The next morning I woke up early to wait for my sister who was flying in to meet me. We headed to the bus station and bought a trip ticket to Halong Bay. While we were waiting I found a stall selling fruit. We bought a few local kinds including persimmons which I was pleased to share with my sister as they reminded me of Tel Aviv. When we bit into them, our mouths instantly turned numb and a digusting coating covered our theeth and tongues. I later found out that persimmons are not immediately edible but must first either be soaked in water for 24 hours or in a tank of CO2 before that disgusting taste retreats. The things you learn!

After our unsavory fruit snack, Kristin and I began the bus, bus, boat, bus trip to Cat Ba Island, an area I'd heard shined in comparison to the hell hole that was supposed to be Halong City. If Cat Ba island is a glowing paradise in comparison, then I cannot even imagine the terribleness that is Halong City. Cat Ba itself was a disappointment, nearly empty of tourists (which in some cases is not such a good thing), but full of the aggressive Vietnamese vendors. The city is plopped right on a harbor, but somehow manages to destory much of the beauty cities on bays often have.

However, the beach was still nice and my sister was just thankful to be near water after living in the only landlocked country in the region. Particularly as every summer for the last several years she's all but lived on the bay working as a sailing instructor in the inner harbor. So any beach was better then no beach. And we did manage to have some fun. We also decided to rent a motorbike and cruise around the island for awhile which offered plenty of beuutiful views that Cat Ba neglected. It was actually my first time driving a bike since my accident in D.C. where mine was totaled. I won't lie. I was a bit nervous. Especially having my sister on the back. But regardless of a few awkward turns, I managed fine and we had a good time!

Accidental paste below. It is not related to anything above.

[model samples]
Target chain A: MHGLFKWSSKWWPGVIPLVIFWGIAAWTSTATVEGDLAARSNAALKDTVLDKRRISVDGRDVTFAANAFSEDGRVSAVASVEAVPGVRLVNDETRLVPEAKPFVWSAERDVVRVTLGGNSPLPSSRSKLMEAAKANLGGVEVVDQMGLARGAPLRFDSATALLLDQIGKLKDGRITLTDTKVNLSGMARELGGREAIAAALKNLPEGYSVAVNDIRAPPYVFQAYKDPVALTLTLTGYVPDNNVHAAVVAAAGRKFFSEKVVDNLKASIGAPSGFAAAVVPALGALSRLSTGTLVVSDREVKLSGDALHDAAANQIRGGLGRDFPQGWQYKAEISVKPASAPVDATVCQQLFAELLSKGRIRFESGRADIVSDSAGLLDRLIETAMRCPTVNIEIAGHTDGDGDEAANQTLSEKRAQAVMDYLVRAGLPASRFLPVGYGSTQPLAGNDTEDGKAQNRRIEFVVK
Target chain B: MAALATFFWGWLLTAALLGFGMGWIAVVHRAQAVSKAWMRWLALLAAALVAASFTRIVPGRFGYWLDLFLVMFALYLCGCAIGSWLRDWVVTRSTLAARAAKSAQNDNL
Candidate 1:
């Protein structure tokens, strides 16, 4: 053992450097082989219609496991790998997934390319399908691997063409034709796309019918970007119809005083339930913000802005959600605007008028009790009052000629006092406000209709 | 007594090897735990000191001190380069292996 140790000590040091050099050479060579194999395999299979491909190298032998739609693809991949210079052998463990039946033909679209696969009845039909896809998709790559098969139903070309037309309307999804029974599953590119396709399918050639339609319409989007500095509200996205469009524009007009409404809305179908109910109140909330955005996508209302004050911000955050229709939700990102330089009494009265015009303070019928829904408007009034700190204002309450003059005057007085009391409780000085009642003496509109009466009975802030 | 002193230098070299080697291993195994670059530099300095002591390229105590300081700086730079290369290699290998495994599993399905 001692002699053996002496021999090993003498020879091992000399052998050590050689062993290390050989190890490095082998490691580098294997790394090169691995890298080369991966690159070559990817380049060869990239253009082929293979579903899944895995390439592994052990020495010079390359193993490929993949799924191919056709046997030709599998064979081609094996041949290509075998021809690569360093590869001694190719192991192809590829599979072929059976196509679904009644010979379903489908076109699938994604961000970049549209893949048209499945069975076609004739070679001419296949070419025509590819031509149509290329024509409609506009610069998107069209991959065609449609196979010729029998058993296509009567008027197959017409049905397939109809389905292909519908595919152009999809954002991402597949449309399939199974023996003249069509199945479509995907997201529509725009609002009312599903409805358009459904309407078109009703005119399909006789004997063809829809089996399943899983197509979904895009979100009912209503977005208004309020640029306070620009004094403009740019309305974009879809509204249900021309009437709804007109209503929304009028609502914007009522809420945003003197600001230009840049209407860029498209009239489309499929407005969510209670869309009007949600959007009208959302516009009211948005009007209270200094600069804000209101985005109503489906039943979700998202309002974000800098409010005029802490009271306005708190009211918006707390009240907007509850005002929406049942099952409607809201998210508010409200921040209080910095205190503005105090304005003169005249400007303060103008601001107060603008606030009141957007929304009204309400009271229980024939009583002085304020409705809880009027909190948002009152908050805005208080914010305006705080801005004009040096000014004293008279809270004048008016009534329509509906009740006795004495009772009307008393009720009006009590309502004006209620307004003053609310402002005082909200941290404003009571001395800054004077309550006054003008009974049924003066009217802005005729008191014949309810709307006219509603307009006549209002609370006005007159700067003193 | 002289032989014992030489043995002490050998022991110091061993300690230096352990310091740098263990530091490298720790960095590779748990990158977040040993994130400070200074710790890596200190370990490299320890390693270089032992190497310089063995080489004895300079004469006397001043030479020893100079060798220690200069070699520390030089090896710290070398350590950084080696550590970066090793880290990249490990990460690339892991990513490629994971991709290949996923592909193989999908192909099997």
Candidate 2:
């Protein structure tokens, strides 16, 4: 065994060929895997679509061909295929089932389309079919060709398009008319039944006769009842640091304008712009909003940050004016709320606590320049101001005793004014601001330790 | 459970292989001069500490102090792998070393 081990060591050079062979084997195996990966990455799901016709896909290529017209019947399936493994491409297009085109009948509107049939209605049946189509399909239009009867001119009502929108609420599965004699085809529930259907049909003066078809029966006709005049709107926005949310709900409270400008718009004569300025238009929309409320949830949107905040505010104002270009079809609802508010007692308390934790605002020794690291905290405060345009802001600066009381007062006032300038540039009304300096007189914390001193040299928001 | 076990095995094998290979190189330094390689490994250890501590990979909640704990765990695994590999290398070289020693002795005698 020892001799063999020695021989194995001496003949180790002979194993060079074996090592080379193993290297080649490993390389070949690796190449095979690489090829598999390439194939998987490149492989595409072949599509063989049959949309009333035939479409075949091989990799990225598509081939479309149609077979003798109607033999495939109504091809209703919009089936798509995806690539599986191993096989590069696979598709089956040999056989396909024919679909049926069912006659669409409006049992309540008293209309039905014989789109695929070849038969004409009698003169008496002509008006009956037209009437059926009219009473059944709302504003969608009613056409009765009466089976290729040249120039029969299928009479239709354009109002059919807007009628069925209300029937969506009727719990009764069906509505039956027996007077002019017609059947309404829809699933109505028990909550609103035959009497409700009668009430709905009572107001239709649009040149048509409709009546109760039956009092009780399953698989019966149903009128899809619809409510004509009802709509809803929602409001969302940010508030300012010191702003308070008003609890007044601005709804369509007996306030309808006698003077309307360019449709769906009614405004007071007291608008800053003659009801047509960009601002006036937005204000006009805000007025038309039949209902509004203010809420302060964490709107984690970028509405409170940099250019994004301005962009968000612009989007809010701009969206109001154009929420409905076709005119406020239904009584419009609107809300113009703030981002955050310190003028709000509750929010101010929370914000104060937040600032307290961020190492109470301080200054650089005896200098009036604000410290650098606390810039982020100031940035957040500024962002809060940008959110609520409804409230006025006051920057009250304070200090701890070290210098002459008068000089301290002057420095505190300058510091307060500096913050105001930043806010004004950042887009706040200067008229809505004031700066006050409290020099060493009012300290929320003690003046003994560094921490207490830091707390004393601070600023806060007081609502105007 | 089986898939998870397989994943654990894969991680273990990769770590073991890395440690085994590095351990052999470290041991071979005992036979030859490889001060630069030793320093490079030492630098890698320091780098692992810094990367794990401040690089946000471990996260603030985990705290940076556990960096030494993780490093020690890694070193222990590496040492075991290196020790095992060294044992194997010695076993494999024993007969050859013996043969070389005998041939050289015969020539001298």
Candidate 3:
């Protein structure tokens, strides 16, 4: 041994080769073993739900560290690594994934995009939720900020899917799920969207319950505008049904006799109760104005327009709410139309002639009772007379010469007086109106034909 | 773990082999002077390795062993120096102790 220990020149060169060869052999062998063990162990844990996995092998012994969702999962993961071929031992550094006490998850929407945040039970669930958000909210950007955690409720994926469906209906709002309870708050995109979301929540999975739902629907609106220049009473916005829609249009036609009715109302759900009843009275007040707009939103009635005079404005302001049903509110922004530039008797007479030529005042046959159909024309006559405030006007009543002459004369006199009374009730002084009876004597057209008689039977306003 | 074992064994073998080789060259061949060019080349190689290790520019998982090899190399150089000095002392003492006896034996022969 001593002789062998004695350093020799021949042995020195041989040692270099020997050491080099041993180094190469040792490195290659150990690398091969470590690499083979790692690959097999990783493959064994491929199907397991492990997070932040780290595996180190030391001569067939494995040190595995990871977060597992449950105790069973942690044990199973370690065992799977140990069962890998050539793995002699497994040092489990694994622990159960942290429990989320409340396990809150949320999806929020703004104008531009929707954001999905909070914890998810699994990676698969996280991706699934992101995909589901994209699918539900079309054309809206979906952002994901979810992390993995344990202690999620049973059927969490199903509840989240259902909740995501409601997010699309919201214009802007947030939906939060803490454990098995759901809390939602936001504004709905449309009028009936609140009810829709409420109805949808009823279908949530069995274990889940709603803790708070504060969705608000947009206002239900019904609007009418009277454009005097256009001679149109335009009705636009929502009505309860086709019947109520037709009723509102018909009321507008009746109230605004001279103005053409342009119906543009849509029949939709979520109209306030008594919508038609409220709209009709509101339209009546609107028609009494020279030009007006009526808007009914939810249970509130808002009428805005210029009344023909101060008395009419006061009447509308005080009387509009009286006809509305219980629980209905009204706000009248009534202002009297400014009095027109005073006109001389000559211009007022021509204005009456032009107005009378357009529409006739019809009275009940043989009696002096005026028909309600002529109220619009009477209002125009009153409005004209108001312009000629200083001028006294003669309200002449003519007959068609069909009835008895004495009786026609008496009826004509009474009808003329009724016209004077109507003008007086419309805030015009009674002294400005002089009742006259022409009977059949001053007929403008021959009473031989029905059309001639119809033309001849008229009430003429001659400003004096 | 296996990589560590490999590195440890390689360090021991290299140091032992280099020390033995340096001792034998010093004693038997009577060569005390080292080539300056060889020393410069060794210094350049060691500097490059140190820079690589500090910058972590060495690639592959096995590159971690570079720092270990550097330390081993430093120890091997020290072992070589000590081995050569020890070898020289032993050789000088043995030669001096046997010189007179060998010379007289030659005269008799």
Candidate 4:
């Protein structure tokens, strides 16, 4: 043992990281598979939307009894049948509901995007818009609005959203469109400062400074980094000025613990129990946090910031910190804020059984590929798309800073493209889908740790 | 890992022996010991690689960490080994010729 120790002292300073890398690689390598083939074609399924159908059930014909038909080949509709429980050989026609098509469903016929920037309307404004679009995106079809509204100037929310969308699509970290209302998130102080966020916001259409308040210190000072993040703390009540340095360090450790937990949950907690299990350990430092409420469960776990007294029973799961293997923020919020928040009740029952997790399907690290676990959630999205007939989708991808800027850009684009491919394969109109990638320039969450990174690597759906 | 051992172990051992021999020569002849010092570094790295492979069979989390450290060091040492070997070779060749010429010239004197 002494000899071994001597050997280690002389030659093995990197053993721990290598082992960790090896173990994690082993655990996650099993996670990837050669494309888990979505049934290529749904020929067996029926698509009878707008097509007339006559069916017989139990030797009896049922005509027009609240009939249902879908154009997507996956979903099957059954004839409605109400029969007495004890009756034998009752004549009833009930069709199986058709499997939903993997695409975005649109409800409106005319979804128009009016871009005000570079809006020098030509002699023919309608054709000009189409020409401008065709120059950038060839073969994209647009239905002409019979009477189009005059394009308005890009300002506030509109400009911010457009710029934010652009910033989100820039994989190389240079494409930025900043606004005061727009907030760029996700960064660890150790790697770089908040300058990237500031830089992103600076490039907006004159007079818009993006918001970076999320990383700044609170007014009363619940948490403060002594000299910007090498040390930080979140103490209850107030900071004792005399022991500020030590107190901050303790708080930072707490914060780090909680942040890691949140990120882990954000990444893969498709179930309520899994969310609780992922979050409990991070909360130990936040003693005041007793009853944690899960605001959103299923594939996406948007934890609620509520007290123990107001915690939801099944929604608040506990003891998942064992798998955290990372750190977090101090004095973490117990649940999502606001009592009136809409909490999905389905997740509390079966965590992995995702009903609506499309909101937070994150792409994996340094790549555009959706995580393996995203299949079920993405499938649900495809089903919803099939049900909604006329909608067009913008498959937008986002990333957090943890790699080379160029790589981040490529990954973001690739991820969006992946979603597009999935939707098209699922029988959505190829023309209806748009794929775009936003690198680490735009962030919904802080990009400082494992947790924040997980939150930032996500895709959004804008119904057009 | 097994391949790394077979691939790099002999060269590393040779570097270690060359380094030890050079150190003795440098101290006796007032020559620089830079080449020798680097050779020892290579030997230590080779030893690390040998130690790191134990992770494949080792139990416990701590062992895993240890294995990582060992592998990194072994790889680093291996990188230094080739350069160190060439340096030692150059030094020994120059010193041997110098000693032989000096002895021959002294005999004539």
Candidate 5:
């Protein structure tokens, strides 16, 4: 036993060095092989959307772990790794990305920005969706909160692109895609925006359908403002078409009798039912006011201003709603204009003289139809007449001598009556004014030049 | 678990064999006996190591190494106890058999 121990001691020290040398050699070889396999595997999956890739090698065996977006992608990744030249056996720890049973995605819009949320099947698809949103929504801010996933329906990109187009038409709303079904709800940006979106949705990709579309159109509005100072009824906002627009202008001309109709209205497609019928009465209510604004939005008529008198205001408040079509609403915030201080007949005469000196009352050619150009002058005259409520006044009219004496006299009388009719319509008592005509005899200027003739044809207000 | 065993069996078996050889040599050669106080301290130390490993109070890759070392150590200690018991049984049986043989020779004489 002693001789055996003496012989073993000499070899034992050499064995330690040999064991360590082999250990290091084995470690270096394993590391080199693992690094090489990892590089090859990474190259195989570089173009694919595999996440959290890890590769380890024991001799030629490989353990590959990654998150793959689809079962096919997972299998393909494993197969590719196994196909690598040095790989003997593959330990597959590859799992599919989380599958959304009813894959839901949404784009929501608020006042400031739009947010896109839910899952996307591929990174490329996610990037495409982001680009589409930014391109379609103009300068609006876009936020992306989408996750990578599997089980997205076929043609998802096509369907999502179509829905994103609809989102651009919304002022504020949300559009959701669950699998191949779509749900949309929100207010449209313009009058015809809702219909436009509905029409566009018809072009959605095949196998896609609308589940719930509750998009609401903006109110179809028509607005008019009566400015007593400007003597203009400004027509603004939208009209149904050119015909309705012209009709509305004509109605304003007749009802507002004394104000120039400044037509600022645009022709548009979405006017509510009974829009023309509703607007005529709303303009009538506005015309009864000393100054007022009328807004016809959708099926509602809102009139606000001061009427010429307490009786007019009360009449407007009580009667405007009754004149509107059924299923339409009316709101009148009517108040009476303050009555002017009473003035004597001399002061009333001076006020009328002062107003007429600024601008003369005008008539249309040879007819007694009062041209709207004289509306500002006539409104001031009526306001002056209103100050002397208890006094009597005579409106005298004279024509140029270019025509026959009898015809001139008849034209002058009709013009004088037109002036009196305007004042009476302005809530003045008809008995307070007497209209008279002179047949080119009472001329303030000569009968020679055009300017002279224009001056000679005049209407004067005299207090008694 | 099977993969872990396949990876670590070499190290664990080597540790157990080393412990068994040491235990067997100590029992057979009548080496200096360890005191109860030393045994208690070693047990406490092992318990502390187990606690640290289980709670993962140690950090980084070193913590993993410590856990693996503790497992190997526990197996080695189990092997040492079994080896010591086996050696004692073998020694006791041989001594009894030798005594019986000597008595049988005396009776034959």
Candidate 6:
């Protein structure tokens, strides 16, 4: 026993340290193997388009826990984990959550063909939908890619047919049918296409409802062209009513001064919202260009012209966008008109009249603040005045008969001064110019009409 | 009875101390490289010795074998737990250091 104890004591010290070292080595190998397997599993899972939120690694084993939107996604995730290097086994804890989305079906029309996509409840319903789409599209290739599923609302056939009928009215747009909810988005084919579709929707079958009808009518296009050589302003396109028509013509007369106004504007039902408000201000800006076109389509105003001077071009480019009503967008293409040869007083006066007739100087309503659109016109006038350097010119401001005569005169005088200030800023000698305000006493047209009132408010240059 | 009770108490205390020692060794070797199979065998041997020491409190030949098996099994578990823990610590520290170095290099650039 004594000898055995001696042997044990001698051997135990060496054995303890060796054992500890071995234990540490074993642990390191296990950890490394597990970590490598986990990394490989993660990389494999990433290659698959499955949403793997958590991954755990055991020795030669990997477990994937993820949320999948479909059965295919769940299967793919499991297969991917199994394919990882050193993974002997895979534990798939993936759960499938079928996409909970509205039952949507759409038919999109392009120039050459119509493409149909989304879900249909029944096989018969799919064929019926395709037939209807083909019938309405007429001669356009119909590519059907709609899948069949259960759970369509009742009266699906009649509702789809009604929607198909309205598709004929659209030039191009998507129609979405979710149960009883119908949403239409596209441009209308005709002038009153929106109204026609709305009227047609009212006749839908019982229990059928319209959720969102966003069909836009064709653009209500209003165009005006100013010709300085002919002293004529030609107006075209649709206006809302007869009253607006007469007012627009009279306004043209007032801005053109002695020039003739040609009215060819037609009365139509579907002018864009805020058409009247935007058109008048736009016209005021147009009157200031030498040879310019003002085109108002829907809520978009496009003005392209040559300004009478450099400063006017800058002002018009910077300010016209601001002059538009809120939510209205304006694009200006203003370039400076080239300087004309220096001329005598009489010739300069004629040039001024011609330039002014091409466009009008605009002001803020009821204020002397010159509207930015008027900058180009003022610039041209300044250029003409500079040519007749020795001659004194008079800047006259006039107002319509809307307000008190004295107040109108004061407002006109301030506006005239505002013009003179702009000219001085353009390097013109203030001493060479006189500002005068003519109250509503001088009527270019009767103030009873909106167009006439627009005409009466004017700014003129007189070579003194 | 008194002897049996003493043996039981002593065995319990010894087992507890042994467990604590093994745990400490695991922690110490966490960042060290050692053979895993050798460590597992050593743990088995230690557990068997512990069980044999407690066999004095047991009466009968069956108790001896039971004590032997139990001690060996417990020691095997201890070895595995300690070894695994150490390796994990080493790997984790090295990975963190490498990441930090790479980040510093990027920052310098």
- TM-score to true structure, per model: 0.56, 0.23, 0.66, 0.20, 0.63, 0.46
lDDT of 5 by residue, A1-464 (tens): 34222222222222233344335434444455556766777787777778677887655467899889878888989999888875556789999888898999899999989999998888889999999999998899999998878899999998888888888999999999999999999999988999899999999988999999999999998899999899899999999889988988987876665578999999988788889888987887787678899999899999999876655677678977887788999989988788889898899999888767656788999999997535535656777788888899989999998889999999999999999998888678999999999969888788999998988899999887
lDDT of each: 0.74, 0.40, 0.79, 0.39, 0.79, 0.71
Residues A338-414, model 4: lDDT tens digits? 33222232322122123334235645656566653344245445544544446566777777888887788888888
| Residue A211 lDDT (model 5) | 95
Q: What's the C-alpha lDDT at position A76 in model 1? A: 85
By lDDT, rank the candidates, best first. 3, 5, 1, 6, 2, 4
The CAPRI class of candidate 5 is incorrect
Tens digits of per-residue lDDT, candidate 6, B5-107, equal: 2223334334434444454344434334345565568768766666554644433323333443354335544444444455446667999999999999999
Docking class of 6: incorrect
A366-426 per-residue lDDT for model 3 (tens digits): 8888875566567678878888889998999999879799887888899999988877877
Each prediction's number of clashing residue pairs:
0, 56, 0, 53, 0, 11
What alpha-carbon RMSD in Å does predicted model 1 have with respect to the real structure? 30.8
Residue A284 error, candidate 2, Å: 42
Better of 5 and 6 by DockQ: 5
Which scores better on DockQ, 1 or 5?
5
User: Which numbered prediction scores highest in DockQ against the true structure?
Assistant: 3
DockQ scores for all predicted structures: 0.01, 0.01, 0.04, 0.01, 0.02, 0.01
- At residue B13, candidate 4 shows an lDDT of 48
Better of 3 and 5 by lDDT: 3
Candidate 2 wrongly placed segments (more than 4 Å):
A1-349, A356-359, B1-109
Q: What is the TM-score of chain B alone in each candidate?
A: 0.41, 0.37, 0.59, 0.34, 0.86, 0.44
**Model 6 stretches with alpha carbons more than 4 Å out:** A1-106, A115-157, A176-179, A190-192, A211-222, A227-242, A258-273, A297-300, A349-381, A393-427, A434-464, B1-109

The highlight certainly came in the tour we booked for our second day. We went out with a local company from the Island that took you on a boat through the bay. Along the way were hundreds of little floating houses. I was told Cat Ba itself was populated by 8,000 people, and these floating villages had an additional 4,000. It was amazing to see people living, bathing, and working on these small floating shacks.

Away from the people and adjacent to Halong Bay is the even more miraculous Lan Ha Bay. These are the aweinspiring rocky cliffs, and pristine waters that you see in the pictures. After lunch on the boat we took kayaks out into the water and navigated our way around these massive rocks, through caverns, and into caves before tying up our kayaks to the edge of a cliff and swimming. The whole experience was quite breathtaking and could only be finished with several jumps off the two story boat before heading back to the Island.

The next morning we caught the bus, boat, bus, bus back to Hanoi where my sister and I parted ways once more. As she took off for Bangkok, I wandered through the busy streets until it was time to catch the night train to Sapa, in the north of Vietnam.